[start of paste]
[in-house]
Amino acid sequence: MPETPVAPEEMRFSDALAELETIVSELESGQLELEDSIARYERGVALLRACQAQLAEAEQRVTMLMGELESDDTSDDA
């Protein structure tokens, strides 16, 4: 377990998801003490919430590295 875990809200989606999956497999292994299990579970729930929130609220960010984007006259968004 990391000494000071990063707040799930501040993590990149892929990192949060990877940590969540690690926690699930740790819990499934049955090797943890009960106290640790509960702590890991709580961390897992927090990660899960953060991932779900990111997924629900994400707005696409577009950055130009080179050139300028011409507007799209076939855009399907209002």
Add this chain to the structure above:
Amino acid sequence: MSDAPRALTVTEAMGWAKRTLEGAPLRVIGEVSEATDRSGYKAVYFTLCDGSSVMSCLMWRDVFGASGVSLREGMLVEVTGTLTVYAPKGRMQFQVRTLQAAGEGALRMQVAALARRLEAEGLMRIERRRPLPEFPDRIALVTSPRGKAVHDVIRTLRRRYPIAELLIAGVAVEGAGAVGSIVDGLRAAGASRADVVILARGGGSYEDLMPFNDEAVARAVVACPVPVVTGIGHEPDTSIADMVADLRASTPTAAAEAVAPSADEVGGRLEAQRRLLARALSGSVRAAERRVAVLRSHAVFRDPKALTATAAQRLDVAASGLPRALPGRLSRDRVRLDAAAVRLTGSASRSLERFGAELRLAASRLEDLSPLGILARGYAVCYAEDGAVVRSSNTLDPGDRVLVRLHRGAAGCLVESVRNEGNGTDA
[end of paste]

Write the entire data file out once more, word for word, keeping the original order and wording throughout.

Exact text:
[in-house]
Amino acid sequence: MPETPVAPEEMRFSDALAELETIVSELESGQLELEDSIARYERGVALLRACQAQLAEAEQRVTMLMGELESDDTSDDA
């Protein structure tokens, strides 16, 4: 377990998801003490919430590295 875990809200989606999956497999292994299990579970729930929130609220960010984007006259968004 990391000494000071990063707040799930501040993590990149892929990192949060990877940590969540690690926690699930740790819990499934049955090797943890009960106290640790509960702590890991709580961390897992927090990660899960953060991932779900990111997924629900994400707005696409577009950055130009080179050139300028011409507007799209076939855009399907209002």
Add this chain to the structure above:
Amino acid sequence: MSDAPRALTVTEAMGWAKRTLEGAPLRVIGEVSEATDRSGYKAVYFTLCDGSSVMSCLMWRDVFGASGVSLREGMLVEVTGTLTVYAPKGRMQFQVRTLQAAGEGALRMQVAALARRLEAEGLMRIERRRPLPEFPDRIALVTSPRGKAVHDVIRTLRRRYPIAELLIAGVAVEGAGAVGSIVDGLRAAGASRADVVILARGGGSYEDLMPFNDEAVARAVVACPVPVVTGIGHEPDTSIADMVADLRASTPTAAAEAVAPSADEVGGRLEAQRRLLARALSGSVRAAERRVAVLRSHAVFRDPKALTATAAQRLDVAASGLPRALPGRLSRDRVRLDAAAVRLTGSASRSLERFGAELRLAASRLEDLSPLGILARGYAVCYAEDGAVVRSSNTLDPGDRVLVRLHRGAAGCLVESVRNEGNGTDA